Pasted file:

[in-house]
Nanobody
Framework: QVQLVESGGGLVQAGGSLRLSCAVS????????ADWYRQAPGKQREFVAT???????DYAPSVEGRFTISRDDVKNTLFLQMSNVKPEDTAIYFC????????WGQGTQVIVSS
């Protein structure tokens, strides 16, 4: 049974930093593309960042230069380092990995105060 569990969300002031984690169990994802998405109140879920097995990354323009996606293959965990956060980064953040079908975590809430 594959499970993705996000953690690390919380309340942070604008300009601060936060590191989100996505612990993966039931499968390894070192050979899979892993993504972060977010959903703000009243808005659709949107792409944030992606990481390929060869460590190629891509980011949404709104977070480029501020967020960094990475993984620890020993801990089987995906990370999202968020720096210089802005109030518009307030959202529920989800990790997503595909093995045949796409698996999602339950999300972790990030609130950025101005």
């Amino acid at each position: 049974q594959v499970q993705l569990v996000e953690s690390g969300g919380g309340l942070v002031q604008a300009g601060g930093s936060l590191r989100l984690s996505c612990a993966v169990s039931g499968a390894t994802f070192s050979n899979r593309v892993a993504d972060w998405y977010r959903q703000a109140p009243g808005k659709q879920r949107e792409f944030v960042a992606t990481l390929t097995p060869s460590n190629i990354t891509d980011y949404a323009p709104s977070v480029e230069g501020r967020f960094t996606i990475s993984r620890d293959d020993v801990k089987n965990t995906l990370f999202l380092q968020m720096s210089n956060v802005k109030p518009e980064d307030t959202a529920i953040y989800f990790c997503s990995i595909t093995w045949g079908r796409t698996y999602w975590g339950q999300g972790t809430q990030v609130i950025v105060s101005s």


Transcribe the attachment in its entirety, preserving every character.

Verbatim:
[in-house]
Nanobody
Framework: QVQLVESGGGLVQAGGSLRLSCAVS????????ADWYRQAPGKQREFVAT???????DYAPSVEGRFTISRDDVKNTLFLQMSNVKPEDTAIYFC????????WGQGTQVIVSS
């Protein structure tokens, strides 16, 4: 049974930093593309960042230069380092990995105060 569990969300002031984690169990994802998405109140879920097995990354323009996606293959965990956060980064953040079908975590809430 594959499970993705996000953690690390919380309340942070604008300009601060936060590191989100996505612990993966039931499968390894070192050979899979892993993504972060977010959903703000009243808005659709949107792409944030992606990481390929060869460590190629891509980011949404709104977070480029501020967020960094990475993984620890020993801990089987995906990370999202968020720096210089802005109030518009307030959202529920989800990790997503595909093995045949796409698996999602339950999300972790990030609130950025101005």
């Amino acid at each position: 049974q594959v499970q993705l569990v996000e953690s690390g969300g919380g309340l942070v002031q604008a300009g601060g930093s936060l590191r989100l984690s996505c612990a993966v169990s039931g499968a390894t994802f070192s050979n899979r593309v892993a993504d972060w998405y977010r959903q703000a109140p009243g808005k659709q879920r949107e792409f944030v960042a992606t990481l390929t097995p060869s460590n190629i990354t891509d980011y949404a323009p709104s977070v480029e230069g501020r967020f960094t996606i990475s993984r620890d293959d020993v801990k089987n965990t995906l990370f999202l380092q968020m720096s210089n956060v802005k109030p518009e980064d307030t959202a529920i953040y989800f990790c997503s990995i595909t093995w045949g079908r796409t698996y999602w975590g339950q999300g972790t809430q990030v609130i950025v105060s101005s």